County Reform: Municipal managers discuss future of counties
by Frank OHara, Bill Bridgeo and Cornell Knight
"Managers rush in, where fools fear to tread . . ."
This could have been the theme song for the 54th Annual New England Management Institute held at the University of Maine at Orono this past August. The reason was that the Maine Town and City Management Association had reserved one full day of its Institute for a discussion of the future of Maine counties.
The future of Maine counties! Hadnt MMA and the State Planning Office worked up an elaborate proposal that died without a whimper only last year? Wasnt that just the latest of a long series of county reforms that ended up in the trash heap? What were those managers thinking?
Well, this is what they or rather we were thinking. The fact that a reform loses in the legislative process does not mean that the issue disappears. In this case, the need for county reform remains. Sometimes the best thinking about controversial issues can be accomplished away from the spotlight and glare of the legislative process. In this case, a leisurely summer workshop of the most informed local government observers in the state Maines town and city managers offered the promise of creative thinking.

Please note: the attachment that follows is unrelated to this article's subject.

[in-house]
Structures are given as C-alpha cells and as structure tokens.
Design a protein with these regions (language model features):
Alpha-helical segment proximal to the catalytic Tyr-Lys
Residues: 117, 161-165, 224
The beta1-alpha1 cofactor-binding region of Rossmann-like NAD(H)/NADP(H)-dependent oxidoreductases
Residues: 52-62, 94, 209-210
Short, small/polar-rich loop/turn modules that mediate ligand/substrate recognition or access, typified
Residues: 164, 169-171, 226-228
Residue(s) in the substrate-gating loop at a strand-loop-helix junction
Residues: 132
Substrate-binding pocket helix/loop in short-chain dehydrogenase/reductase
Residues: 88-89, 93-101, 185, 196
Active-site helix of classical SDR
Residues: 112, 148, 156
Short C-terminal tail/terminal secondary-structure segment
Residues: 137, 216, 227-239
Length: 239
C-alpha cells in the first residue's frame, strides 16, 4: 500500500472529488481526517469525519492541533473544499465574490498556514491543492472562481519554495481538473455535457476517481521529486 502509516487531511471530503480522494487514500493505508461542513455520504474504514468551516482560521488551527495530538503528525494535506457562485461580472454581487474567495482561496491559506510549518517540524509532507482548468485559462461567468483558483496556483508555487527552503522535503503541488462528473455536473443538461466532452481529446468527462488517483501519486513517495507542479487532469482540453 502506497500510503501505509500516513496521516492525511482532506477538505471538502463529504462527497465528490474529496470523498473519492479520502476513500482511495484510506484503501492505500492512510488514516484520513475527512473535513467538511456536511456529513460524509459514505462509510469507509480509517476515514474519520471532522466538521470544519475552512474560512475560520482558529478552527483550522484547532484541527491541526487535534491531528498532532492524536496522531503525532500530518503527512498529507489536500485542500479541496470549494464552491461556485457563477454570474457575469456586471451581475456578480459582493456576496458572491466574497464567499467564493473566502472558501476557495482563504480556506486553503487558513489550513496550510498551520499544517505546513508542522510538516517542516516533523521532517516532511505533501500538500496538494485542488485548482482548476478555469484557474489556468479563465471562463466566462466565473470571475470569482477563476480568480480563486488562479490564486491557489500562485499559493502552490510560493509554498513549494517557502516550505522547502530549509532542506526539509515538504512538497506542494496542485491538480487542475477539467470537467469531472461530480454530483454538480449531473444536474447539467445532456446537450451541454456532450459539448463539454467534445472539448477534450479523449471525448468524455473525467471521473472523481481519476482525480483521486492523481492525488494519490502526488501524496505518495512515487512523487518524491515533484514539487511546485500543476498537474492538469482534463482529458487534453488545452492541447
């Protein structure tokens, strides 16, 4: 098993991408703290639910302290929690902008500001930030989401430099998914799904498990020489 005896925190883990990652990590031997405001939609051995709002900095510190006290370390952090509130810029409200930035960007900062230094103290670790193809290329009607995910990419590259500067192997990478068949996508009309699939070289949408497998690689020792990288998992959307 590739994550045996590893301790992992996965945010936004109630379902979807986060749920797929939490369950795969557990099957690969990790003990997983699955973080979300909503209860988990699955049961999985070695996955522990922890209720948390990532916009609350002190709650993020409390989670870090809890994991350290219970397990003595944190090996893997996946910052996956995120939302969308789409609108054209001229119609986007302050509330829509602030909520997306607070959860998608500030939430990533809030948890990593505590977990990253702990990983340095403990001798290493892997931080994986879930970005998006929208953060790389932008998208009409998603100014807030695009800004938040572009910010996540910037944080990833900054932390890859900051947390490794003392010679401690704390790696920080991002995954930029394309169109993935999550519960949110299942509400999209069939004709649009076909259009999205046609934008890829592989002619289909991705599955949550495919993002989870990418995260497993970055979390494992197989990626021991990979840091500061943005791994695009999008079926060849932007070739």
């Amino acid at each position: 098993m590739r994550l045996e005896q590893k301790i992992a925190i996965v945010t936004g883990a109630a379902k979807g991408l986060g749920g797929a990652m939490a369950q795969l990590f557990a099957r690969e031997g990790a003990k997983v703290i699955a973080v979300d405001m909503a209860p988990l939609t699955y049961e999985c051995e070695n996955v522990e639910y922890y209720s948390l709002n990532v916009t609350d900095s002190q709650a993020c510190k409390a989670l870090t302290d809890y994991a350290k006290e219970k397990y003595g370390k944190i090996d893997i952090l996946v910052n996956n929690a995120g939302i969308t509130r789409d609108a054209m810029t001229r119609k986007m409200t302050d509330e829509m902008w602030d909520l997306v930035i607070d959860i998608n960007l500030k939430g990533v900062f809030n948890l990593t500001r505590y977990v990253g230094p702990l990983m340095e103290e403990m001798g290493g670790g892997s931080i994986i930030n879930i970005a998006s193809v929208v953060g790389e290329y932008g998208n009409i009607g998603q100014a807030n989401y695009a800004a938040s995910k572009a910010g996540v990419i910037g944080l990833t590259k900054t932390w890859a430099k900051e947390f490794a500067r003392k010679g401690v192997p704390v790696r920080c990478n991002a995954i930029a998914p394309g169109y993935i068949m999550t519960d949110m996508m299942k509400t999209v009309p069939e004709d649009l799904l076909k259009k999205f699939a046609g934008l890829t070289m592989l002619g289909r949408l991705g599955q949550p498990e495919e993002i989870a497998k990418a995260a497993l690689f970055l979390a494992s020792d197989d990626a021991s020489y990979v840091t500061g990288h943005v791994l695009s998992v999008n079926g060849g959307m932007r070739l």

Did the session deliver on the promise? We think so. As a group, we began in roughly the same place as the general public. A survey of twenty-two managers prior to the meeting revealed that five (23%) would abolish counties entirely, eight (36%) would restructure and expand counties, seven (32%) would reform the existing operation without expanding it, and two (9%) would leave everything alone. The same kind of division exists in the general public. It explains why 9% view dont do anything has prevailed over the past 25 years.
Thats where we all started. After a day of small groups, speakers, and discussion, heres the consensus, which the 55 Maine managers in attendance forged:
Mandated charters. Every county government should have a charter, which clearly lays out roles and responsibilities. The charter should provide for professional administration; for the appointment of officials (such as registrar of deeds) who are now elected; for a finance committee of municipal officials; and for additional commissioners (between 5 and 9). Aroostook County was mentioned as an example of how much improvement a charter can bring.
Pilot counties. Maine State Government should create a package of financial incentives, which would be offered to one or more counties, which undertake aggressive reform efforts.
There should be a study of "best practices" among the fifty states with regard to county structures, and among Maine counties with regard to the delivery of specific services. We need a better picture of what counties, at their best, could be.
The Executive Board of the Maine Town and City Managers Association should approach the Maine County Commissioners Association and begin a dialogue about how to accomplish points 1-3 above.